Urban Trails and Bike Paths, Safe Alternatives or Hidden Perils?
For many utility (and recreational) cyclists, urban trails and paved bike paths are a welcome alternative to riding and commuting on the street with motor traffic. Bike paths can provide worry-free riding away from the woes of unaware motorists. As a child, I first learned how to ride a bike on the local paved bike path that followed a nearby creek in the suburbs of Kansas City. Many families enjoy weekend outings on urban trails and greenways. I would certainly rather have my children riding on a path or trail then in the street with traffic. But, although it is obvious that bike paths and trails are in general a safer route to chose when commuting and riding, they are not with out their own hazards.
The worst cycling injury I ever sustained was on a paved bike path out side of Atlanta–and take into account I am including eight years of cat 2 road racing, and three years of pro mountain biking. I was using the paved bike path to connect to a rail trail which led me outside of the city for more secluded roads on which to train. I always tried to obey the “stay to the right” and kept the speed low when in areas congested with other cyclist, runners, and families out for a walk. I certainly didn’t want to run anyone over. I had gone out for a typical three-to-four-hour road ride and was on my way back to my mother’s house. As I transitioned from the rail trail onto the urban network, I slowed my speed and kept a ready trigger finger on my dingy bell and brakes. I wasn’t having any problems navigating the congestion. I rode up on a family of two or three children on bikes, rang my bell as normal, slowed to about five mph and indicated that I was going to pass on the left. The parents acknowledged me and herded their children accordingly. For some reason as I went to pass them, slow and steady, at the last second, one of the smaller children darted out from their parents’ control–after a butterfly or something–and right into my front wheel.
Luckily for the child, my speed was so slow that he was more scared then hurt. I think a scrape on the knee and elbow. I, on the other hand, wasn’t so lucky. You don’t always think about it, but speed can be your friend in a crash. It transfers your downward momentum laterally, taking the edge off of the direct 90-degree impact with the ground. You do shed a little skin though. In this case, all of my force was transferred straight onto the ground. When I collided with the child I flipped over the bars, but wasn’t going fast enough to slide it out. I went straight down onto the asphalt, right onto my right shoulder.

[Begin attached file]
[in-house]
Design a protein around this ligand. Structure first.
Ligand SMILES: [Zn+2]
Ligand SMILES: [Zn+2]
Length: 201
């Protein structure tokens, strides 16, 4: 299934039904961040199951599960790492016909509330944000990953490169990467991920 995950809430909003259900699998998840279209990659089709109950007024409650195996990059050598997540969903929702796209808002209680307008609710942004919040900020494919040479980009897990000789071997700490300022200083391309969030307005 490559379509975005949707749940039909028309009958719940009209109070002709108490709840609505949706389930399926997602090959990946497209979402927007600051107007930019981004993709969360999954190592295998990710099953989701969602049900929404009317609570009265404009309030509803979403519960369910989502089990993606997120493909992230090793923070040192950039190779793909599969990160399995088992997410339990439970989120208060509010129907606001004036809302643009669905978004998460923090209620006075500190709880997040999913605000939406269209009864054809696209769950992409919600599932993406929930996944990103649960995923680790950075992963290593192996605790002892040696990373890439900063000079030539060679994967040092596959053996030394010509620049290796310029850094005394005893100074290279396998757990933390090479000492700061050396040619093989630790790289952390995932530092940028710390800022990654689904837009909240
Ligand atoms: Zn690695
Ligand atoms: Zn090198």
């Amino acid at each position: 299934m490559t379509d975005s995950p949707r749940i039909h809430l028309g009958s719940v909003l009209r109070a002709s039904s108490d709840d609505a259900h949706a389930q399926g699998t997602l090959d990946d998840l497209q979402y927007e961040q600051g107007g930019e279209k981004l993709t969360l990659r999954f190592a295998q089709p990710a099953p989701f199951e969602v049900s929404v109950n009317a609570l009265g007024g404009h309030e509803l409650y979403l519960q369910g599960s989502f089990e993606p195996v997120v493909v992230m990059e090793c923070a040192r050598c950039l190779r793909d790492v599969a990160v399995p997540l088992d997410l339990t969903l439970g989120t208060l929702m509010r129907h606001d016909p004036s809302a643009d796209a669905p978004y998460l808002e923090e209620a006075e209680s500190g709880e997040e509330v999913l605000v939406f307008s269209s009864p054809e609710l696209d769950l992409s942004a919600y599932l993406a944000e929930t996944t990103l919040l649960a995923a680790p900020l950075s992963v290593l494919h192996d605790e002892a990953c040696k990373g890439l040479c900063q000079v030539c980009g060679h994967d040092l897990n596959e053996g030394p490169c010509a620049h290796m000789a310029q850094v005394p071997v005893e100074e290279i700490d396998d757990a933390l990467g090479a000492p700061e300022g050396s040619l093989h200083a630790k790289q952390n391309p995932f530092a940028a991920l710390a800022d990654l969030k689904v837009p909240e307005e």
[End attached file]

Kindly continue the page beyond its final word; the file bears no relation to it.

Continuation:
I knew instantly from the pain that something was not right. I was unable to lift my arm above my head. Ya, you all know what that means. By the time I was finished at the doctors office, I had suffered a fractured collar bone and a full separation of the AC joint in my shoulder socket. The AC is the ligament which attaches the end of your collar bone to your shoulder assembly.
Unfortunately, my story isn’t the only one out there. I have heard many others talk of collisions and accidents with cyclist, pedestrians, and other trail users. Many times it seems walkers panic when they see a cyclist coming towards them or from behind, and they aren’t sure in what direction they should go. Where we, as cyclists, are expecting people to stay to the right in the appropriate direction of travel.
Now, as a bicycle commuter, riding on urban paths safely is something I am very aware of. I have learned a variety of tricks in waiting for people to figure out where they want to be on the path. The dinggie bike bell is my favorite tool for instigating awareness. Blinky lights are a must-have as well. While an obvious safety measure for riding on streets, blinky lights, especially forward facing blinky lights, add an extra amount of visibility to multi-users on urban paths.
For many bike commuters and other cyclists, urban paths, trails and rail trails are a welcomed departure from the busy streets. But although we don’t have to worry about getting squashed by 2000 lbs of metal, there are still hazards that exists. On roads cyclists must fully embrace the responsibility to ensure that we remain safe. On paths cyclist must embrace the dual responsibility of our own safety and avoid injuring other users of path systems.
As I said before noise and verbal communication are a great place to start. Many users might be wearing headphones. In that case proceed slowly, hope that they are aware of their deafness and stick far to the right. Most importantly expect the unexpected. Before my accident, I never would have been looking for a rogue child to pop out from their parents’ control. Now I’m fully prepared for the unexpected. When the a bike path crosses a road, vehicles are supposed to yield to path users, and cyclist assume that vehicles will yield. But often they don’t. Slow down a little and check the intersection. This brings to mind one of my biggest pet peeves: cyclist’s that don’t bother slowing down when passing someone walking their dog The dog gets spooked and the walker is bummed. A little common courtesy goes a long way.
It seems cyclists always shoulder the burden of safety whether it is for themselves on the streets and roads, or for others in the case of urban trails and paths. But simply put, that’s just the way it is. We are outweighed on the roads, and we are the fastest users on the paths and trails, so it is up to us to play it safe in both instances. Everyone is out there to enjoy the escape from busy streets. Hopefully other users besides cyclists take their own level of responsibility to heart. While it’s okay to occasionally go fast on the urban trails and its really fun if the coast is clear, keep it in check when other users are around. Don’t attempt to win the TDF prologue on your way to work. A few moments to slow down takes a lot less time than a week in a hospital bed.